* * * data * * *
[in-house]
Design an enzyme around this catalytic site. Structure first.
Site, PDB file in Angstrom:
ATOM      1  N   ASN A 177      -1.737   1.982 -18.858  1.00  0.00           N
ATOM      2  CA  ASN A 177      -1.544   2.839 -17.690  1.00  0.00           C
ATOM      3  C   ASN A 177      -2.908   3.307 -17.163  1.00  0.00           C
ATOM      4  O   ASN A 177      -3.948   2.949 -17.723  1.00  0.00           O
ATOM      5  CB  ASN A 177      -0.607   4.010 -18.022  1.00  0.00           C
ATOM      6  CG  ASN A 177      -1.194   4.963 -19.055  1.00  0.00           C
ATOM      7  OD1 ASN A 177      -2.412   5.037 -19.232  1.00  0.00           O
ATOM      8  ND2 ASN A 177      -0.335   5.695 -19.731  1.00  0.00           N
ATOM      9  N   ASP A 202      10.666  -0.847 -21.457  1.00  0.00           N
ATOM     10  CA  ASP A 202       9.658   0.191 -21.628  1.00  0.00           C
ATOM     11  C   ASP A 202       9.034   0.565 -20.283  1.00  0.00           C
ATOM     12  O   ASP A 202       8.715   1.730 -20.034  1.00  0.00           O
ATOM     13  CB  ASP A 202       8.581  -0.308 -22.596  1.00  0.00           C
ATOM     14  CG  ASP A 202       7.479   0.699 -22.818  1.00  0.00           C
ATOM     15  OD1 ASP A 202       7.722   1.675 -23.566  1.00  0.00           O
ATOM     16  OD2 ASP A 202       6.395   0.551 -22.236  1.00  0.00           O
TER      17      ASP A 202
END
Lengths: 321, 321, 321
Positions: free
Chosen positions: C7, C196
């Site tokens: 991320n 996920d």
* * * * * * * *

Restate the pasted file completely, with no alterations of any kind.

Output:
[in-house]
Design an enzyme around this catalytic site. Structure first.
Site, PDB file in Angstrom:
ATOM      1  N   ASN A 177      -1.737   1.982 -18.858  1.00  0.00           N
ATOM      2  CA  ASN A 177      -1.544   2.839 -17.690  1.00  0.00           C
ATOM      3  C   ASN A 177      -2.908   3.307 -17.163  1.00  0.00           C
ATOM      4  O   ASN A 177      -3.948   2.949 -17.723  1.00  0.00           O
ATOM      5  CB  ASN A 177      -0.607   4.010 -18.022  1.00  0.00           C
ATOM      6  CG  ASN A 177      -1.194   4.963 -19.055  1.00  0.00           C
ATOM      7  OD1 ASN A 177      -2.412   5.037 -19.232  1.00  0.00           O
ATOM      8  ND2 ASN A 177      -0.335   5.695 -19.731  1.00  0.00           N
ATOM      9  N   ASP A 202      10.666  -0.847 -21.457  1.00  0.00           N
ATOM     10  CA  ASP A 202       9.658   0.191 -21.628  1.00  0.00           C
ATOM     11  C   ASP A 202       9.034   0.565 -20.283  1.00  0.00           C
ATOM     12  O   ASP A 202       8.715   1.730 -20.034  1.00  0.00           O
ATOM     13  CB  ASP A 202       8.581  -0.308 -22.596  1.00  0.00           C
ATOM     14  CG  ASP A 202       7.479   0.699 -22.818  1.00  0.00           C
ATOM     15  OD1 ASP A 202       7.722   1.675 -23.566  1.00  0.00           O
ATOM     16  OD2 ASP A 202       6.395   0.551 -22.236  1.00  0.00           O
TER      17      ASP A 202
END
Lengths: 321, 321, 321
Positions: free
Chosen positions: C7, C196
């Site tokens: 991320n 996920d």